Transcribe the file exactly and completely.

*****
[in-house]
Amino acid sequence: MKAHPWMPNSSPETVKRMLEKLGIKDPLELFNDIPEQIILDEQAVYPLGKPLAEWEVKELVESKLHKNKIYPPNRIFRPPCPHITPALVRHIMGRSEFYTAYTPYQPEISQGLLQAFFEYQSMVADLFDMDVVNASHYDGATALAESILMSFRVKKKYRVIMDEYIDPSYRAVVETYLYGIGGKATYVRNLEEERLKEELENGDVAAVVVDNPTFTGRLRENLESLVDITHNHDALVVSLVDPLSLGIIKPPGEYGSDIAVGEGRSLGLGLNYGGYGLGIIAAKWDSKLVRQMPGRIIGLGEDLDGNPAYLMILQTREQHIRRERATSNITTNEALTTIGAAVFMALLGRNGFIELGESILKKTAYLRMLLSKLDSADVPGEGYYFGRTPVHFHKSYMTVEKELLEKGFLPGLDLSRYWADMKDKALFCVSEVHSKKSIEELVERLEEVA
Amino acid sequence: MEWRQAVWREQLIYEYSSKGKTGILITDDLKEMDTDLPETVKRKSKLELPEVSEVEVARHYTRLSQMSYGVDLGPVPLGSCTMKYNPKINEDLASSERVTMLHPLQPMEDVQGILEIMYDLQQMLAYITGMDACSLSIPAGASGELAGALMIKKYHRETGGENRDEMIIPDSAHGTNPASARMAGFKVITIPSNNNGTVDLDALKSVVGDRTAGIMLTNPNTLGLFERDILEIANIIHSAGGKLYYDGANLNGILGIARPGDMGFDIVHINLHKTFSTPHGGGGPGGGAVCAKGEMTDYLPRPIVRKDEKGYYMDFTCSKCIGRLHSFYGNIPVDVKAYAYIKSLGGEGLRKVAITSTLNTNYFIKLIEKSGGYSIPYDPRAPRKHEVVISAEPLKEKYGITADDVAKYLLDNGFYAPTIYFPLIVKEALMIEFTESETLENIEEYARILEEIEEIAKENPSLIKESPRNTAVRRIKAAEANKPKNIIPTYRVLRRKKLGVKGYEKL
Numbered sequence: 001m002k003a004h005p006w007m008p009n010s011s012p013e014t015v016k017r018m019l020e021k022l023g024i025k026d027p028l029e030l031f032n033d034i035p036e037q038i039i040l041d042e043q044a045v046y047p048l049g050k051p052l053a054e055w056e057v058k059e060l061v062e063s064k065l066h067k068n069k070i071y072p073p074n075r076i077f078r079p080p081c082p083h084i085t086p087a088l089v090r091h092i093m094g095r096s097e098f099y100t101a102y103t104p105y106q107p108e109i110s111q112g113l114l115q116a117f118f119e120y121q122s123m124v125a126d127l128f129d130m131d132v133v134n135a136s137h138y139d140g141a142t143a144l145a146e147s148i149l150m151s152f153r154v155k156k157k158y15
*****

[in-house]
Amino acid sequence: MKAHPWMPNSSPETVKRMLEKLGIKDPLELFNDIPEQIILDEQAVYPLGKPLAEWEVKELVESKLHKNKIYPPNRIFRPPCPHITPALVRHIMGRSEFYTAYTPYQPEISQGLLQAFFEYQSMVADLFDMDVVNASHYDGATALAESILMSFRVKKKYRVIMDEYIDPSYRAVVETYLYGIGGKATYVRNLEEERLKEELENGDVAAVVVDNPTFTGRLRENLESLVDITHNHDALVVSLVDPLSLGIIKPPGEYGSDIAVGEGRSLGLGLNYGGYGLGIIAAKWDSKLVRQMPGRIIGLGEDLDGNPAYLMILQTREQHIRRERATSNITTNEALTTIGAAVFMALLGRNGFIELGESILKKTAYLRMLLSKLDSADVPGEGYYFGRTPVHFHKSYMTVEKELLEKGFLPGLDLSRYWADMKDKALFCVSEVHSKKSIEELVERLEEVA
Amino acid sequence: MEWRQAVWREQLIYEYSSKGKTGILITDDLKEMDTDLPETVKRKSKLELPEVSEVEVARHYTRLSQMSYGVDLGPVPLGSCTMKYNPKINEDLASSERVTMLHPLQPMEDVQGILEIMYDLQQMLAYITGMDACSLSIPAGASGELAGALMIKKYHRETGGENRDEMIIPDSAHGTNPASARMAGFKVITIPSNNNGTVDLDALKSVVGDRTAGIMLTNPNTLGLFERDILEIANIIHSAGGKLYYDGANLNGILGIARPGDMGFDIVHINLHKTFSTPHGGGGPGGGAVCAKGEMTDYLPRPIVRKDEKGYYMDFTCSKCIGRLHSFYGNIPVDVKAYAYIKSLGGEGLRKVAITSTLNTNYFIKLIEKSGGYSIPYDPRAPRKHEVVISAEPLKEKYGITADDVAKYLLDNGFYAPTIYFPLIVKEALMIEFTESETLENIEEYARILEEIEEIAKENPSLIKESPRNTAVRRIKAAEANKPKNIIPTYRVLRRKKLGVKGYEKL
Numbered sequence: 001m002k003a004h005p006w007m008p009n010s011s012p013e014t015v016k017r018m019l020e021k022l023g024i025k026d027p028l029e030l031f032n033d034i035p036e037q038i039i040l041d042e043q044a045v046y047p048l049g050k051p052l053a054e055w056e057v058k059e060l061v062e063s064k065l066h067k068n069k070i071y072p073p074n075r076i077f078r079p080p081c082p083h084i085t086p087a088l089v090r091h092i093m094g095r096s097e098f099y100t101a102y103t104p105y106q107p108e109i110s111q112g113l114l115q116a117f118f119e120y121q122s123m124v125a126d127l128f129d130m131d132v133v134n135a136s137h138y139d140g141a142t143a144l145a146e147s148i149l150m151s152f153r154v155k156k157k158y15